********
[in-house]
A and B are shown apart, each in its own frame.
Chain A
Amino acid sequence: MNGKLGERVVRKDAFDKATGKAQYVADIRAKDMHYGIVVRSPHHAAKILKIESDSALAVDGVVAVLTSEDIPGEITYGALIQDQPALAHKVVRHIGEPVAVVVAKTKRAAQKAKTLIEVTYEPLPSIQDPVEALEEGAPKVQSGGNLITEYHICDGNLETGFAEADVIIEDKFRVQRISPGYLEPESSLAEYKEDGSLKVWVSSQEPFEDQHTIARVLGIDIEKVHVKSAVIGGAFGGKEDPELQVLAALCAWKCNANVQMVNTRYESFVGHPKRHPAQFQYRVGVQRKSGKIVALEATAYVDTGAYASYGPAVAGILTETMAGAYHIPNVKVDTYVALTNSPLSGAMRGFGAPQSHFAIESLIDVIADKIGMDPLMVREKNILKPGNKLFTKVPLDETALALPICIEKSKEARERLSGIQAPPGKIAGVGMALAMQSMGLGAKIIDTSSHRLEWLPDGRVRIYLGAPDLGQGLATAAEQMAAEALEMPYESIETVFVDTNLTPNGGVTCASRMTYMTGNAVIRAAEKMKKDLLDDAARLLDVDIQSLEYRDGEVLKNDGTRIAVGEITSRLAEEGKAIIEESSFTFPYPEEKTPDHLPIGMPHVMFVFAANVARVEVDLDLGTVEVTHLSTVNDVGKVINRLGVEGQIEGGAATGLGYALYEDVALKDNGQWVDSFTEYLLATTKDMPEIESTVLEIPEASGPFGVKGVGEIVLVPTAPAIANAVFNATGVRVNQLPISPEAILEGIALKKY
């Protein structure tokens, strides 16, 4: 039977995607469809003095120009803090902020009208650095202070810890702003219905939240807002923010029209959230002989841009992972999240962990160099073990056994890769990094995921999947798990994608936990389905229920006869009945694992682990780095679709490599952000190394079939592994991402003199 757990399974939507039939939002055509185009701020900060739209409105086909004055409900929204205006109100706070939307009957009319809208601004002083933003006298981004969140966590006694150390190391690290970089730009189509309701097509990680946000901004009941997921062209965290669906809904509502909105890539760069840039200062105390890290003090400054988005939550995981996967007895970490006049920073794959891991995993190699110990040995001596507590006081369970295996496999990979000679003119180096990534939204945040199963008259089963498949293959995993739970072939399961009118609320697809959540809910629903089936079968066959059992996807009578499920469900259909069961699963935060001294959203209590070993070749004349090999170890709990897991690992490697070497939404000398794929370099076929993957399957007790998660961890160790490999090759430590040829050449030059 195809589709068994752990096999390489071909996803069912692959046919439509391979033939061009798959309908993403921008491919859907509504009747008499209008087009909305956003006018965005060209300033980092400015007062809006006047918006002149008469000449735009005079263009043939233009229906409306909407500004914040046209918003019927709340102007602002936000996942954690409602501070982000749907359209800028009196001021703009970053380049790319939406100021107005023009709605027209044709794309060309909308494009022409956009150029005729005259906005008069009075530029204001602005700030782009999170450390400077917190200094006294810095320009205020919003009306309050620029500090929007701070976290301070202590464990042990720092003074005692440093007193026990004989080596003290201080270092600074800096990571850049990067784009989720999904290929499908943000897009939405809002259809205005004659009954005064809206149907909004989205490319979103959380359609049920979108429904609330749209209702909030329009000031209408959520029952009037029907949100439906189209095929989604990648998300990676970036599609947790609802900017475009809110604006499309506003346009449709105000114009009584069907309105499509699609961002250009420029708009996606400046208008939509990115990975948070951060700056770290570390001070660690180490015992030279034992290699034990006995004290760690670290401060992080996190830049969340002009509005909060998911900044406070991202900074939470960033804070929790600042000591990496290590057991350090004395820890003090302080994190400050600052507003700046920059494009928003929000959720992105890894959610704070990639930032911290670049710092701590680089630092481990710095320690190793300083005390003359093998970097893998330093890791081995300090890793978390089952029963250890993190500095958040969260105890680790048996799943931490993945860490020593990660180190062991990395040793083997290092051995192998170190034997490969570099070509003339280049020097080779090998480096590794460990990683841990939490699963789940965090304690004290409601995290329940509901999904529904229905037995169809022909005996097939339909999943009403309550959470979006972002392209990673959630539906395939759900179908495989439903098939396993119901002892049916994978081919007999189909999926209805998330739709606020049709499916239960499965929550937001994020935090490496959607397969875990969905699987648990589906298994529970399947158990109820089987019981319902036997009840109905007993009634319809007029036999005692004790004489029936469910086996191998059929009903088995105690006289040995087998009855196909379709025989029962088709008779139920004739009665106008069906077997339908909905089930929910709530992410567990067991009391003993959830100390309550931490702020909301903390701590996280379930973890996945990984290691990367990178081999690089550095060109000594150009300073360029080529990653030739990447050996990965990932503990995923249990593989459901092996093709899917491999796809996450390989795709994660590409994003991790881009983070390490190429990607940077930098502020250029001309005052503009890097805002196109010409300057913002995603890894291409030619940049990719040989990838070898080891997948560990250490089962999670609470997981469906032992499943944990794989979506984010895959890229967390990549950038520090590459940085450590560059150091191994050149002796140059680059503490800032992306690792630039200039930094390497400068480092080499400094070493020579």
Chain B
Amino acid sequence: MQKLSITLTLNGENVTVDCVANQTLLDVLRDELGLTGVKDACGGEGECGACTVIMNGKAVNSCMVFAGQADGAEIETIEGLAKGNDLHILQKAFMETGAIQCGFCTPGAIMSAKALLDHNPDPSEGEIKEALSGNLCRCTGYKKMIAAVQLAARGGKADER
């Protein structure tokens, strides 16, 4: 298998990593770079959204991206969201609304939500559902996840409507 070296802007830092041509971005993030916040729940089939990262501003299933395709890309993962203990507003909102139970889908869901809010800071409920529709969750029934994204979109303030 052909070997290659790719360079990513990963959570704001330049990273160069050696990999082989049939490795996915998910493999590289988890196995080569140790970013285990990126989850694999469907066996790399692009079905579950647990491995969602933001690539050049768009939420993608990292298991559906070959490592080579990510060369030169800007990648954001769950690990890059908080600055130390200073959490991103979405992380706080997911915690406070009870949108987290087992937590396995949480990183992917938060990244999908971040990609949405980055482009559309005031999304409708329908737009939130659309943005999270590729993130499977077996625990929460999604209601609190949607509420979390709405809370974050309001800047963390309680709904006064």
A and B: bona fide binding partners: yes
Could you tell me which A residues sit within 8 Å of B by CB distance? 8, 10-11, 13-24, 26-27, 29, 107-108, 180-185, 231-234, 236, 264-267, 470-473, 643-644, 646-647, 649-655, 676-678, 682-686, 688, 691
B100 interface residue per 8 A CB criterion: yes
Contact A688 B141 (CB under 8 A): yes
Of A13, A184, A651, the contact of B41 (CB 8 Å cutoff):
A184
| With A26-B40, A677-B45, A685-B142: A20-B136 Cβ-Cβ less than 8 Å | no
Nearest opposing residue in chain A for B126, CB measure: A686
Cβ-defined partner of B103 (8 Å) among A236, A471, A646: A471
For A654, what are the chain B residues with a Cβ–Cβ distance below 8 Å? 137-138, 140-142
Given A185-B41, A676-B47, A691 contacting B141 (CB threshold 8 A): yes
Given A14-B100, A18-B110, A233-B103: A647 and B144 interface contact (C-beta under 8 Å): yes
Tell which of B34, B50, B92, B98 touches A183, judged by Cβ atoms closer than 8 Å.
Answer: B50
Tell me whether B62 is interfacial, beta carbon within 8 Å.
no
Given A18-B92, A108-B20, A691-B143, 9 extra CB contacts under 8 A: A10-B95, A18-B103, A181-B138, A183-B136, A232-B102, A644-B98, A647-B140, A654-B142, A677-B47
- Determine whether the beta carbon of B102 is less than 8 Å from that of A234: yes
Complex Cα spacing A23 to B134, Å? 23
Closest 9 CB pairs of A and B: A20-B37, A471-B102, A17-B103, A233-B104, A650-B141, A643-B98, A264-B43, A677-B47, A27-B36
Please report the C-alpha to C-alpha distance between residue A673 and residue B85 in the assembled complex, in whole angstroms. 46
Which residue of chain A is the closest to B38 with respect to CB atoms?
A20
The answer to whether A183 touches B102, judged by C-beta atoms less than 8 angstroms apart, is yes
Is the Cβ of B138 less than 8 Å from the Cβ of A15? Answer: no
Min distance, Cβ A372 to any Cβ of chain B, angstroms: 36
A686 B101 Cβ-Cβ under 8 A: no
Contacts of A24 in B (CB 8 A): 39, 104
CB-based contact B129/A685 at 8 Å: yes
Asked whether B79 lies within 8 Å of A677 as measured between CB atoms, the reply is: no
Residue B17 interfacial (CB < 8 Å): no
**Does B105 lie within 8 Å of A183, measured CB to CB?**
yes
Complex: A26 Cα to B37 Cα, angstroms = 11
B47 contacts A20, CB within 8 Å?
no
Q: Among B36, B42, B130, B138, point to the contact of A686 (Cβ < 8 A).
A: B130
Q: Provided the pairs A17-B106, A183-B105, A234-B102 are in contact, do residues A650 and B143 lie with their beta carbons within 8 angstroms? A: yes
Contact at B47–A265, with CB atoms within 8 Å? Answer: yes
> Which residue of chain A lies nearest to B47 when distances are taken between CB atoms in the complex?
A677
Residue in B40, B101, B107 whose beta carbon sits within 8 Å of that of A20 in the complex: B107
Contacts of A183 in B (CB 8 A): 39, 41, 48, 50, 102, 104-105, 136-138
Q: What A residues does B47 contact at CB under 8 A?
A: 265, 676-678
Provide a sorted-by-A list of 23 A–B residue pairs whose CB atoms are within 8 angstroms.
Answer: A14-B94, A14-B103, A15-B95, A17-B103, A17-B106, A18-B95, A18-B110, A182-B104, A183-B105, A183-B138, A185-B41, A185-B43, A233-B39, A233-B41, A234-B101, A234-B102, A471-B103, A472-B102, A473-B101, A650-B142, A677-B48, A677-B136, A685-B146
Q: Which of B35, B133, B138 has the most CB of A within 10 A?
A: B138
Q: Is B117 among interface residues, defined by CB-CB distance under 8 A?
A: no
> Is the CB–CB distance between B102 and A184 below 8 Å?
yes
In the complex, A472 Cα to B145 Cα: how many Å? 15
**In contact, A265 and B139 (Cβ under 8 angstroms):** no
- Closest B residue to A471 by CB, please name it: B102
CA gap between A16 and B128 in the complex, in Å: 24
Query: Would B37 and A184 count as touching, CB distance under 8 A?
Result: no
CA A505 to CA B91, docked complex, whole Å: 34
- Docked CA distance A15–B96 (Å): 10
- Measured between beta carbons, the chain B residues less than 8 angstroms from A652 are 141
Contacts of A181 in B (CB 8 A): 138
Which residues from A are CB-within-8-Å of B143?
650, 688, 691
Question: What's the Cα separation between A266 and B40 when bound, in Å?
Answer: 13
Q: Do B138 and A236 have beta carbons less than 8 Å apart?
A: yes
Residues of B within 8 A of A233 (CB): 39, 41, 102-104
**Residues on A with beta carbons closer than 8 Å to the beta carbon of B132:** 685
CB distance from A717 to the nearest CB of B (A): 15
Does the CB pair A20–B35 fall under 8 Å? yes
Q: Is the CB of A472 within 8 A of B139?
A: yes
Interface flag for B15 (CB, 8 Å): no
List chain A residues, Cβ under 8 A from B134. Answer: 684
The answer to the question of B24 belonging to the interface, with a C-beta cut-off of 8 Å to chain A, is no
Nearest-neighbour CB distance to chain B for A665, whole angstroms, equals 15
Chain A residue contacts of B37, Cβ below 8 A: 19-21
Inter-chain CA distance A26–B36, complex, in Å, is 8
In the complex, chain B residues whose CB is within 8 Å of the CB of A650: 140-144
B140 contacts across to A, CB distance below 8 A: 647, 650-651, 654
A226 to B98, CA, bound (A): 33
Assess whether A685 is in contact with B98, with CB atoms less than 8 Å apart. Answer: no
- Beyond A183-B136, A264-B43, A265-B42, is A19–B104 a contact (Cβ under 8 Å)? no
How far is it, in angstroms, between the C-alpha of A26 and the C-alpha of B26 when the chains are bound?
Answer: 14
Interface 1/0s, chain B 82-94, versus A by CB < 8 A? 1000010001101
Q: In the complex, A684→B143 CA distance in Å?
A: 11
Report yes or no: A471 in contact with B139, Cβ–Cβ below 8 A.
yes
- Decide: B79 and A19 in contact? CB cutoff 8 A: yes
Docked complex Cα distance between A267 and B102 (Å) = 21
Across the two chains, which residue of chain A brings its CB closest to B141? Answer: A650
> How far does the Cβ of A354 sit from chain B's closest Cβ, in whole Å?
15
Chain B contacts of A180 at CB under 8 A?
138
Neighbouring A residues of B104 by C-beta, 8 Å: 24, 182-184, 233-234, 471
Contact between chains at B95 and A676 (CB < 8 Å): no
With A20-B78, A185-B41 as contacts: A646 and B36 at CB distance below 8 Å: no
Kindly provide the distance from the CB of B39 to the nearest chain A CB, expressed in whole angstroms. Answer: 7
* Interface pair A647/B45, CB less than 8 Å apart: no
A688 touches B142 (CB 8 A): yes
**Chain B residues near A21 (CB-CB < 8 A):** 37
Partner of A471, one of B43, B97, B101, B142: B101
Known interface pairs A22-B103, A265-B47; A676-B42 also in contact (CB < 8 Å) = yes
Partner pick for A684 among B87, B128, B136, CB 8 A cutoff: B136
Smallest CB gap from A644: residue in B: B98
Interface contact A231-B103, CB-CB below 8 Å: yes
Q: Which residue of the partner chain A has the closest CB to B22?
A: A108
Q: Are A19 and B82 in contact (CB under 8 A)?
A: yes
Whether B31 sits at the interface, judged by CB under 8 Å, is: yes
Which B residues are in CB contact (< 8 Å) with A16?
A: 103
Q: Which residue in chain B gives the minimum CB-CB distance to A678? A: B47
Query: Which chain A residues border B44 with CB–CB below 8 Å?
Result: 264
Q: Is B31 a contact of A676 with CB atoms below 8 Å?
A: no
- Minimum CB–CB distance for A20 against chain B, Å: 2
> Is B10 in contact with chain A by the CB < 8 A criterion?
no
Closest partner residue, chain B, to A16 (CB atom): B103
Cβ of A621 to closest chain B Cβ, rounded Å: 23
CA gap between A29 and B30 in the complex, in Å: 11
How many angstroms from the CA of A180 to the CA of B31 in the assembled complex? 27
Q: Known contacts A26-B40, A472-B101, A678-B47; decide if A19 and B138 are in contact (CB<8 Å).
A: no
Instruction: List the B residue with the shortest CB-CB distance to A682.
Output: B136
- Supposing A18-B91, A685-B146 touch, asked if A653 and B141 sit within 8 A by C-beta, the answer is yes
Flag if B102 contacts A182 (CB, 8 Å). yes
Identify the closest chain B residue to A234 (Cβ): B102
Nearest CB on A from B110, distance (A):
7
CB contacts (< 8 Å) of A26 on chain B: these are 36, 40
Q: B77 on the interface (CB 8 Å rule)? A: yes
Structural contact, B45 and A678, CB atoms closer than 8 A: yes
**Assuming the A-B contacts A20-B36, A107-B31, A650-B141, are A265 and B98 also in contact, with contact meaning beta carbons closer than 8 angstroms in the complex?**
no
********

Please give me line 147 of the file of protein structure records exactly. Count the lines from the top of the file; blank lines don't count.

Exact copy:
Identify the closest chain B residue to A234 (Cβ): B102